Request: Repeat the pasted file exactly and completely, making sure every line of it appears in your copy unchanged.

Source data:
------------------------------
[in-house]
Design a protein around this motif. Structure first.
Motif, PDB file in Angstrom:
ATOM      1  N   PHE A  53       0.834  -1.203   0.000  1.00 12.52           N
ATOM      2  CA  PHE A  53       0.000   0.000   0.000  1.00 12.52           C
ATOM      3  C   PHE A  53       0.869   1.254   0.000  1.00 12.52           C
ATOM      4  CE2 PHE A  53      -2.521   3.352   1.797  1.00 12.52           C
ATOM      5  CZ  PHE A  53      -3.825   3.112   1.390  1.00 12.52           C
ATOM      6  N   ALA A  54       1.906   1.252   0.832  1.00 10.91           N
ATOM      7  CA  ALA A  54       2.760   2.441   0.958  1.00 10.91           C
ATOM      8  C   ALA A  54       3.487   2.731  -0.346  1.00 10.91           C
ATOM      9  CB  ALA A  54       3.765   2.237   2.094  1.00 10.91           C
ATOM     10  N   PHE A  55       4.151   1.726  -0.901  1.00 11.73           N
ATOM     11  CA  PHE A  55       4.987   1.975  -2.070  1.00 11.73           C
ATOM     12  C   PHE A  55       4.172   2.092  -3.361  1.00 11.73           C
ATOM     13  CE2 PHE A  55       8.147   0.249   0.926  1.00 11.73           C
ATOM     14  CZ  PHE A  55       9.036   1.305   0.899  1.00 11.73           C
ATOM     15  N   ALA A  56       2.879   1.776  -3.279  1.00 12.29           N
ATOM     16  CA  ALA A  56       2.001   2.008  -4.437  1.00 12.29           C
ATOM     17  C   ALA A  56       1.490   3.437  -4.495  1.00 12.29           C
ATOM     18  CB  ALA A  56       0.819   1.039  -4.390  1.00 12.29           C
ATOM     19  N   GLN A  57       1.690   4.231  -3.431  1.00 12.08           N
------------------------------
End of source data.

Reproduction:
[in-house]
Design a protein around this motif. Structure first.
Motif, PDB file in Angstrom:
ATOM      1  N   PHE A  53       0.834  -1.203   0.000  1.00 12.52           N
ATOM      2  CA  PHE A  53       0.000   0.000   0.000  1.00 12.52           C
ATOM      3  C   PHE A  53       0.869   1.254   0.000  1.00 12.52           C
ATOM      4  CE2 PHE A  53      -2.521   3.352   1.797  1.00 12.52           C
ATOM      5  CZ  PHE A  53      -3.825   3.112   1.390  1.00 12.52           C
ATOM      6  N   ALA A  54       1.906   1.252   0.832  1.00 10.91           N
ATOM      7  CA  ALA A  54       2.760   2.441   0.958  1.00 10.91           C
ATOM      8  C   ALA A  54       3.487   2.731  -0.346  1.00 10.91           C
ATOM      9  CB  ALA A  54       3.765   2.237   2.094  1.00 10.91           C
ATOM     10  N   PHE A  55       4.151   1.726  -0.901  1.00 11.73           N
ATOM     11  CA  PHE A  55       4.987   1.975  -2.070  1.00 11.73           C
ATOM     12  C   PHE A  55       4.172   2.092  -3.361  1.00 11.73           C
ATOM     13  CE2 PHE A  55       8.147   0.249   0.926  1.00 11.73           C
ATOM     14  CZ  PHE A  55       9.036   1.305   0.899  1.00 11.73           C
ATOM     15  N   ALA A  56       2.879   1.776  -3.279  1.00 12.29           N
ATOM     16  CA  ALA A  56       2.001   2.008  -4.437  1.00 12.29           C
ATOM     17  C   ALA A  56       1.490   3.437  -4.495  1.00 12.29           C
ATOM     18  CB  ALA A  56       0.819   1.039  -4.390  1.00 12.29           C
ATOM     19  N   GLN A  57       1.690   4.231  -3.431  1.00 12.08           N